Friday, October 1, 2010

October Asters

Nothing says "Fall" like the bloom of asters. With a vast array of species represented in Ohio, one can only hope to learn a few new species each year and go for the long term achievement.

Steve McKee (Richland Co. Parks) and Jim Bissell ( Cleveland Museum Nat. History) both give excellent programs which offered keys to Ohio's asters, if you are serious about learning them. Either key is an welcomed resource for sorting this confusing species.

Shale Barren Aster, Symphyotrichum oblongifolium is a major rarity only found in three of Ohio's counties. This one was found on the edge of Lynx Prairie in Adams County. Of all the asters, the Shale Barren could be recognized by site affiliation and the enlarged buds- which have a swollen appearance.

Also known as aromatic aster, this creeping flower is right at home in stone barrens, and would make a likely candidate for a rock garden. There are a surprising number of "on-line" plant nurseries offering this gem.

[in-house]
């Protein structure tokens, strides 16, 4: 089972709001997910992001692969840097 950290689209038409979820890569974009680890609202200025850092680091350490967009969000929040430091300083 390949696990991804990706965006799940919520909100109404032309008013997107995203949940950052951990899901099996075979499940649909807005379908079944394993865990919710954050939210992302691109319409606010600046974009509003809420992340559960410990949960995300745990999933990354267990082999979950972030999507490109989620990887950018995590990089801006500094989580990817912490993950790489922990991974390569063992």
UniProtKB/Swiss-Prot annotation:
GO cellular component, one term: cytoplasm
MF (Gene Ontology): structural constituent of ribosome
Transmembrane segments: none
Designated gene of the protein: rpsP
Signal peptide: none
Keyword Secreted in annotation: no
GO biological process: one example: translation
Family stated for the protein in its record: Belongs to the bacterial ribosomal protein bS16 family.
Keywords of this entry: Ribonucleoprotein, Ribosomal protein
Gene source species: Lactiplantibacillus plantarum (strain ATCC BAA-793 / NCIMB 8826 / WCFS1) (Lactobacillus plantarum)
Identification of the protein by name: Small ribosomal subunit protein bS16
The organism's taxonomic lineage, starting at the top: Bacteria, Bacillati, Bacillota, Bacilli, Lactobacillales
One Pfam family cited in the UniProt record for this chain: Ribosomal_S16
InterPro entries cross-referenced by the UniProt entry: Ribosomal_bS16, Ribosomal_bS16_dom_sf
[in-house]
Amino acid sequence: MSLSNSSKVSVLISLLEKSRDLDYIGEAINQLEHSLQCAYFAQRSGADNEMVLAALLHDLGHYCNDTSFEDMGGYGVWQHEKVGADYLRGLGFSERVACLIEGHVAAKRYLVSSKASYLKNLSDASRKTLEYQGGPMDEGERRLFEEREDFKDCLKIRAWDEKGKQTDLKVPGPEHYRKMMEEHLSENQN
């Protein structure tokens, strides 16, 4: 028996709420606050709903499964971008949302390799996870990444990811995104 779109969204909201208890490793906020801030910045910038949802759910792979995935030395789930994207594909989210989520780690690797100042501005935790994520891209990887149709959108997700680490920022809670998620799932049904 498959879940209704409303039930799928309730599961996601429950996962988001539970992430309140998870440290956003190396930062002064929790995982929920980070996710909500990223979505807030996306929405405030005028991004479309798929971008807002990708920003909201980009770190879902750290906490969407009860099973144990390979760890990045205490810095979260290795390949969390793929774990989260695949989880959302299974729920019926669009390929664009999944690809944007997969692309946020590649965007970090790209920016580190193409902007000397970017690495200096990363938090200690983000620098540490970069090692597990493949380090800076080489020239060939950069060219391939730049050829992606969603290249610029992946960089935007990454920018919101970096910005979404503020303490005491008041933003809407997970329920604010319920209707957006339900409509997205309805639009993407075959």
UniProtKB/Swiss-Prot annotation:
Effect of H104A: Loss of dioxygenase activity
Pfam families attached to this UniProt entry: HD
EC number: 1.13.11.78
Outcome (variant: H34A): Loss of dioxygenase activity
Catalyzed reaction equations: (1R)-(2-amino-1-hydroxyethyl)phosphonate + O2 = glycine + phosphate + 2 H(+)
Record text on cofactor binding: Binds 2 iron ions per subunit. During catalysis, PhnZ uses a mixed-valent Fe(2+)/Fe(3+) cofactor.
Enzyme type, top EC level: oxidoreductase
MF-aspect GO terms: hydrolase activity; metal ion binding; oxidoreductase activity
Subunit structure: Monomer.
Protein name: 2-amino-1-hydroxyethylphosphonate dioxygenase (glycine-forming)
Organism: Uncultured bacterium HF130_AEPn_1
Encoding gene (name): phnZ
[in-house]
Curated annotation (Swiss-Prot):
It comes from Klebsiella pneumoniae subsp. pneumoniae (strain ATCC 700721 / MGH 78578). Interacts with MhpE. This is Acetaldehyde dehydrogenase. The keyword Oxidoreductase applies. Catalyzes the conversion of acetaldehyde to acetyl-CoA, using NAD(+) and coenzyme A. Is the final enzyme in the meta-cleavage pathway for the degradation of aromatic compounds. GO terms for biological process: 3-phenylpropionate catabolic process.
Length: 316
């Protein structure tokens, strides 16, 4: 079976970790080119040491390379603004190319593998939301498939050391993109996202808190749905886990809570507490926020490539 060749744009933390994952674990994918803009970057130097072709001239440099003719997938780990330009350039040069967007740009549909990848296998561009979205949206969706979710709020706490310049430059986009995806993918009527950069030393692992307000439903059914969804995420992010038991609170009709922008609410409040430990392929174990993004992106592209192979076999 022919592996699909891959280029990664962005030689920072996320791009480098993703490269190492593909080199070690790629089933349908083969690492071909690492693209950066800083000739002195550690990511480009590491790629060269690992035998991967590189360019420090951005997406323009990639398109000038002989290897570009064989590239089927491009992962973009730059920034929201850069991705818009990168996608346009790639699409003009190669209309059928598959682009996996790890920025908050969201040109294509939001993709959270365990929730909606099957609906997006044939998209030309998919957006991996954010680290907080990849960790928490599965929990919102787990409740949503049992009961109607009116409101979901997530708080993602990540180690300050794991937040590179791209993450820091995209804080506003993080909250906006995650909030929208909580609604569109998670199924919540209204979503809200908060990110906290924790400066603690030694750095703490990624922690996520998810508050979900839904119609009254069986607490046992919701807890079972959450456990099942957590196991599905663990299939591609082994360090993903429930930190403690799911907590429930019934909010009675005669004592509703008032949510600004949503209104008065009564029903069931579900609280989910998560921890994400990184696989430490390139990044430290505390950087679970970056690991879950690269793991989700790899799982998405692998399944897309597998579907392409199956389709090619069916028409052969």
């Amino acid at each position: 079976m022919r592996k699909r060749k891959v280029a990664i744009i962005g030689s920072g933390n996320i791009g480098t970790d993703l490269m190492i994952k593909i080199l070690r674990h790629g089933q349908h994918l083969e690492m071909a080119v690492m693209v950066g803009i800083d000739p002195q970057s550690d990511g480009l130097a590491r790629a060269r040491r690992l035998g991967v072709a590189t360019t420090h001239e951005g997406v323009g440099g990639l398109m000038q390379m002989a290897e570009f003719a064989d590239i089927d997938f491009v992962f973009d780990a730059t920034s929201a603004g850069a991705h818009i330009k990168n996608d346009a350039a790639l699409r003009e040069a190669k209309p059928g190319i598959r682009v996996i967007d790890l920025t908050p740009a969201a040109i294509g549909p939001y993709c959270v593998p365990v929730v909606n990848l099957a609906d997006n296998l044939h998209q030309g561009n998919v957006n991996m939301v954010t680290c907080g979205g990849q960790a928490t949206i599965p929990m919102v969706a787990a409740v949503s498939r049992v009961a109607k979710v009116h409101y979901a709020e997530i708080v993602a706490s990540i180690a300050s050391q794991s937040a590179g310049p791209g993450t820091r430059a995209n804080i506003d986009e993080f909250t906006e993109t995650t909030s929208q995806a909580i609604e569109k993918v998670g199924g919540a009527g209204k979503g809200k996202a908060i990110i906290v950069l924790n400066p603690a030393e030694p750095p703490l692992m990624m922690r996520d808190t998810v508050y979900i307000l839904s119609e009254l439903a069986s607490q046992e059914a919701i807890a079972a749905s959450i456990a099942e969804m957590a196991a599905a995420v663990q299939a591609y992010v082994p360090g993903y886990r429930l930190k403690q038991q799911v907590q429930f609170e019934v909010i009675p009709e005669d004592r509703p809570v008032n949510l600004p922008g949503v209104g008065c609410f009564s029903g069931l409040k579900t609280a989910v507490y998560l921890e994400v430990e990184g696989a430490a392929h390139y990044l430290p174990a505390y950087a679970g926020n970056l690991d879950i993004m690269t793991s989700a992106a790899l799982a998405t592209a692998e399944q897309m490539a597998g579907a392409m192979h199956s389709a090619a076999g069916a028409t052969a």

And when is an "Aster" not an aster? When it is Golden Aster (aka Maryland Goldenaster), Chrysopsis mariana. True, this southern species and warm weather friend is in the Asteraceae family, but it is not found in the genus we know as "asters." Not that it would matter to anyone but a botanist. Everyone else seems to enjoy this little yellow aster at face value. What's not to love?

And one parting shot of the Stiff Aster, Ionactis linariifolius - seen in yesterday's post. Its stiff needle-like leaves make it a stand-out among the asters. This, too, could make a smashing rock garden plant if sited properly.

Enjoy your fall weekend, and pay particular attention to the many species of asters out there!~

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